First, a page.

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The study, by researchers from the Institute of Psychiatry, Psychology & Neuroscience at King’s College London, is due to be published in the journal Lancet Psychiatry later this week.
They studied almost 800 working-age adults from one area of south London, half of whom had been recently treated for a psychotic episode for the first time.
The incidence of schizophrenia in the area has doubled since the mid-Sixties, a trend widely thought to be linked to drug use.
Cannabis use in the UK overall has fallen by about 40 per cent in the past decade but, for those using it, the typical potency has increased sharply in that time.
“Compared with those who never used cannabis, individuals who mostly used skunk-like cannabis were nearly twice as likely to be diagnosed with a psychotic disorder if they used it less than once per week, almost three times as likely if they used it at weekends, and more than five times as likely if they were daily users,” the paper notes.
It found that skunk use was the “strongest predictor” of psychotic illness in those studied and that 24 per cent of new cases in the area could be attributed to skunk.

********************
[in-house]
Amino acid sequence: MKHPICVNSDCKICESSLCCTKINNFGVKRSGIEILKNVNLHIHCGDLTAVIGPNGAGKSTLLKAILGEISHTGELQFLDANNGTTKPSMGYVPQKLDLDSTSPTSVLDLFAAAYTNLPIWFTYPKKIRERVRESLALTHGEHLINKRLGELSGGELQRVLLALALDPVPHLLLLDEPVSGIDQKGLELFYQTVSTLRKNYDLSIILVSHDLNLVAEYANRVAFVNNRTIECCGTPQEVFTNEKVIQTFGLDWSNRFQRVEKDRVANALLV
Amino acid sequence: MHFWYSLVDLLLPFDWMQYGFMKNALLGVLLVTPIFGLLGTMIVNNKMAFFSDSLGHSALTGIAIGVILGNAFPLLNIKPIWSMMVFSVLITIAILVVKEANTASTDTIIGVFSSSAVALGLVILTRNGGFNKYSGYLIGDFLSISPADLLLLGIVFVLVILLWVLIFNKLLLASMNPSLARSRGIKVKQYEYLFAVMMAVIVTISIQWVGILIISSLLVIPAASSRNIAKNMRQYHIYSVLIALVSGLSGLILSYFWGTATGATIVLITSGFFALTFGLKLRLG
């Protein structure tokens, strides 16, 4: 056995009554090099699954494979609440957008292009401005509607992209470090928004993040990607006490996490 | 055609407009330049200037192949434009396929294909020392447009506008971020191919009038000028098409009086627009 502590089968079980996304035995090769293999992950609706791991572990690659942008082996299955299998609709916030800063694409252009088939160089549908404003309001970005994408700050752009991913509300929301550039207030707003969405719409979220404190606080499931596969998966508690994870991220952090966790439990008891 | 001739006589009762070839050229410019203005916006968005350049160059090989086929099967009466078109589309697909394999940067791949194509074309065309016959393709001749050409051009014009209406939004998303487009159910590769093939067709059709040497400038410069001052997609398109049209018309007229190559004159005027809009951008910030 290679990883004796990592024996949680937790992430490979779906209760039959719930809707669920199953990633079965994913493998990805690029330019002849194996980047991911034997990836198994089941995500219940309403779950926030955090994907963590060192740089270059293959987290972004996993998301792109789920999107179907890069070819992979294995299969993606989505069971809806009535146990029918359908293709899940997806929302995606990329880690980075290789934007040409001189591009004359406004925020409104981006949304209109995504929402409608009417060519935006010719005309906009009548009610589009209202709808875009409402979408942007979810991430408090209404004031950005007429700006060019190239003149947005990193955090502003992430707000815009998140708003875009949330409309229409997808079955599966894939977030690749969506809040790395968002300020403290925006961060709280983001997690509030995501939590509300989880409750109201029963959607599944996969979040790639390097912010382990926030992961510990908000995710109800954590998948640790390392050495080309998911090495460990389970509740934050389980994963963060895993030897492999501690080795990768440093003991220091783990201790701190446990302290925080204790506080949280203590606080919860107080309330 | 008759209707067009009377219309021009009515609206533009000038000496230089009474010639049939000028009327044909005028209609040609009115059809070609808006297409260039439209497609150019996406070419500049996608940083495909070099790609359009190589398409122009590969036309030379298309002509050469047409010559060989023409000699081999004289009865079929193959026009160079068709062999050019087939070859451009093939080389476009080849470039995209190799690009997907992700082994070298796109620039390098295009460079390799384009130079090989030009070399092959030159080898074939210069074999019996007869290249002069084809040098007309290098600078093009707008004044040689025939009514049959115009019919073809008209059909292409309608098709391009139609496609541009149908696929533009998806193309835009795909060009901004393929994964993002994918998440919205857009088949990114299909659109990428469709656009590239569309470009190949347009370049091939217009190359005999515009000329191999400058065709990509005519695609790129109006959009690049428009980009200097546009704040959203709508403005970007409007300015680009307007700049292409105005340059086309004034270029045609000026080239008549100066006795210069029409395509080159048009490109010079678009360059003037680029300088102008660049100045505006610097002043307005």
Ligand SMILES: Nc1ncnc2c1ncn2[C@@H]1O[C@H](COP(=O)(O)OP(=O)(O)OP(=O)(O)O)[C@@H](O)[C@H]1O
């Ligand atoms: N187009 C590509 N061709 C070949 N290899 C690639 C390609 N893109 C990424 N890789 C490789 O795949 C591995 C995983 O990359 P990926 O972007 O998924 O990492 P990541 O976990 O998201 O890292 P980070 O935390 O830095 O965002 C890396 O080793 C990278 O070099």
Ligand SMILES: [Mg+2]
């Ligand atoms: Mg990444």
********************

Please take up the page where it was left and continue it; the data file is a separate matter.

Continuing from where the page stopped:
It also noted that those who started smoking cannabis before the age of 15 had higher risk of developing psychotic disorders than others.
Prof Sir Robin Murray, professor of psychiatric research at King’s, said: “It is now well known that use of cannabis increases the risk of psychosis. However, sceptics still claim that this is not an important cause of schizophrenia-like psychosis.
“This paper suggests that we could prevent almost one quarter of cases of psychosis if no-one smoked high potency cannabis.”
He added: “Education is the important thing – people need to know the risks of regular use of high potency cannabis.
Mr Grayling said: “Far too many of those who end up in our criminal justice system have got drug and mental health problems.
“It’s clear to me that drug addiction is at the root of a large proportion of crimes in the UK and that it causes mental health problems which are all too apparent in our prisons.
“That’s why mental health will be our next big reform focus – but it’s also why decriminalisation is not the right option.”
A Home Office spokesman said: “Our approach remains clear: we must prevent drug use in our communities and help dependent individuals through treatment and recovery, while ensuring law enforcement protects society by stopping supply and tackling the organised crime that is associated with the drugs trade.”